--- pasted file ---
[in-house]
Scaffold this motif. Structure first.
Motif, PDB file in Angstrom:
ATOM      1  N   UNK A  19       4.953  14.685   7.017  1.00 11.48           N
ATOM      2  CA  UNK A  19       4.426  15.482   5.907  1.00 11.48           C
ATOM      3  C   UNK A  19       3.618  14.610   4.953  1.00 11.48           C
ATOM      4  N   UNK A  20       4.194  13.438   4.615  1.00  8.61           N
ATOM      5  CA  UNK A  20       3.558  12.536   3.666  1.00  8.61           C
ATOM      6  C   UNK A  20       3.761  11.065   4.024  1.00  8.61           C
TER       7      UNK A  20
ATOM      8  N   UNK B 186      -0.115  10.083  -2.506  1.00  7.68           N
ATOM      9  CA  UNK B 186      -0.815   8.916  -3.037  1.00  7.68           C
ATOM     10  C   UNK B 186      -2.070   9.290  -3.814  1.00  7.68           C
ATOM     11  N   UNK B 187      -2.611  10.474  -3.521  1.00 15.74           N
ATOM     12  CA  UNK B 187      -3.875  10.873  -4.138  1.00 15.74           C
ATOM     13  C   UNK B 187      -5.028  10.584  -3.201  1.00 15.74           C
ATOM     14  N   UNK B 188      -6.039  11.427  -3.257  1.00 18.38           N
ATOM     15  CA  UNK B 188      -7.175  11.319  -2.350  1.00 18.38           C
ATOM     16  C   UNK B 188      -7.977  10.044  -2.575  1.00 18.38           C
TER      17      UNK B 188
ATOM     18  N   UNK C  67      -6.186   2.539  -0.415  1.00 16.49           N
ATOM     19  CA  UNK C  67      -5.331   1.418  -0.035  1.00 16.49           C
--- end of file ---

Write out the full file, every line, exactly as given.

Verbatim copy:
[in-house]
Scaffold this motif. Structure first.
Motif, PDB file in Angstrom:
ATOM      1  N   UNK A  19       4.953  14.685   7.017  1.00 11.48           N
ATOM      2  CA  UNK A  19       4.426  15.482   5.907  1.00 11.48           C
ATOM      3  C   UNK A  19       3.618  14.610   4.953  1.00 11.48           C
ATOM      4  N   UNK A  20       4.194  13.438   4.615  1.00  8.61           N
ATOM      5  CA  UNK A  20       3.558  12.536   3.666  1.00  8.61           C
ATOM      6  C   UNK A  20       3.761  11.065   4.024  1.00  8.61           C
TER       7      UNK A  20
ATOM      8  N   UNK B 186      -0.115  10.083  -2.506  1.00  7.68           N
ATOM      9  CA  UNK B 186      -0.815   8.916  -3.037  1.00  7.68           C
ATOM     10  C   UNK B 186      -2.070   9.290  -3.814  1.00  7.68           C
ATOM     11  N   UNK B 187      -2.611  10.474  -3.521  1.00 15.74           N
ATOM     12  CA  UNK B 187      -3.875  10.873  -4.138  1.00 15.74           C
ATOM     13  C   UNK B 187      -5.028  10.584  -3.201  1.00 15.74           C
ATOM     14  N   UNK B 188      -6.039  11.427  -3.257  1.00 18.38           N
ATOM     15  CA  UNK B 188      -7.175  11.319  -2.350  1.00 18.38           C
ATOM     16  C   UNK B 188      -7.977  10.044  -2.575  1.00 18.38           C
TER      17      UNK B 188
ATOM     18  N   UNK C  67      -6.186   2.539  -0.415  1.00 16.49           N
ATOM     19  CA  UNK C  67      -5.331   1.418  -0.035  1.00 16.49           C